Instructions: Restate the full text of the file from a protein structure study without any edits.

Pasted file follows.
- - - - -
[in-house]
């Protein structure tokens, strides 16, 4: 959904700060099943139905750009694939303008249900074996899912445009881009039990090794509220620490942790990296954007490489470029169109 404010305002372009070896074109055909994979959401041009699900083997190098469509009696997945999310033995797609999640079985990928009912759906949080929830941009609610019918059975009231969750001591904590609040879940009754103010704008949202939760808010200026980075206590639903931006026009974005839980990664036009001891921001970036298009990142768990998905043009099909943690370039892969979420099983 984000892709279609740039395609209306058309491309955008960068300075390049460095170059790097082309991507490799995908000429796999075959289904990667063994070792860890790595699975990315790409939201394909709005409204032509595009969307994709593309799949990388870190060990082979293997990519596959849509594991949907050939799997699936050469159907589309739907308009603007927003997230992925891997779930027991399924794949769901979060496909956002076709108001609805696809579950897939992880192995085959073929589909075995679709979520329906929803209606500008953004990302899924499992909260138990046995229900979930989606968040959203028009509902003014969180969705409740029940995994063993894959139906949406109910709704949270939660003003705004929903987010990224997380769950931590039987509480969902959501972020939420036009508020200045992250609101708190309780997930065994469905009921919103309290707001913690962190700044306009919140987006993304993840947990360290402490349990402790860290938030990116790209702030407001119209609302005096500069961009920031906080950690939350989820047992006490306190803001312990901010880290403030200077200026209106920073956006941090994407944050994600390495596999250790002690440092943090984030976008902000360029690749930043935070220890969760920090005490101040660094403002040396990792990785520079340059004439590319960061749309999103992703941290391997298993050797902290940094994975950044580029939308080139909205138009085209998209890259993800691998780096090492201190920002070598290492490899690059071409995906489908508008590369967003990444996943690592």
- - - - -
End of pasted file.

[in-house]
């Protein structure tokens, strides 16, 4: 959904700060099943139905750009694939303008249900074996899912445009881009039990090794509220620490942790990296954007490489470029169109 404010305002372009070896074109055909994979959401041009699900083997190098469509009696997945999310033995797609999640079985990928009912759906949080929830941009609610019918059975009231969750001591904590609040879940009754103010704008949202939760808010200026980075206590639903931006026009974005839980990664036009001891921001970036298009990142768990998905043009099909943690370039892969979420099983 984000892709279609740039395609209306058309491309955008960068300075390049460095170059790097082309991507490799995908000429796999075959289904990667063994070792860890790595699975990315790409939201394909709005409204032509595009969307994709593309799949990388870190060990082979293997990519596959849509594991949907050939799997699936050469159907589309739907308009603007927003997230992925891997779930027991399924794949769901979060496909956002076709108001609805696809579950897939992880192995085959073929589909075995679709979520329906929803209606500008953004990302899924499992909260138990046995229900979930989606968040959203028009509902003014969180969705409740029940995994063993894959139906949406109910709704949270939660003003705004929903987010990224997380769950931590039987509480969902959501972020939420036009508020200045992250609101708190309780997930065994469905009921919103309290707001913690962190700044306009919140987006993304993840947990360290402490349990402790860290938030990116790209702030407001119209609302005096500069961009920031906080950690939350989820047992006490306190803001312990901010880290403030200077200026209106920073956006941090994407944050994600390495596999250790002690440092943090984030976008902000360029690749930043935070220890969760920090005490101040660094403002040396990792990785520079340059004439590319960061749309999103992703941290391997298993050797902290940094994975950044580029939308080139909205138009085209998209890259993800691998780096090492201190920002070598290492490899690059071409995906489908508008590369967003990444996943690592």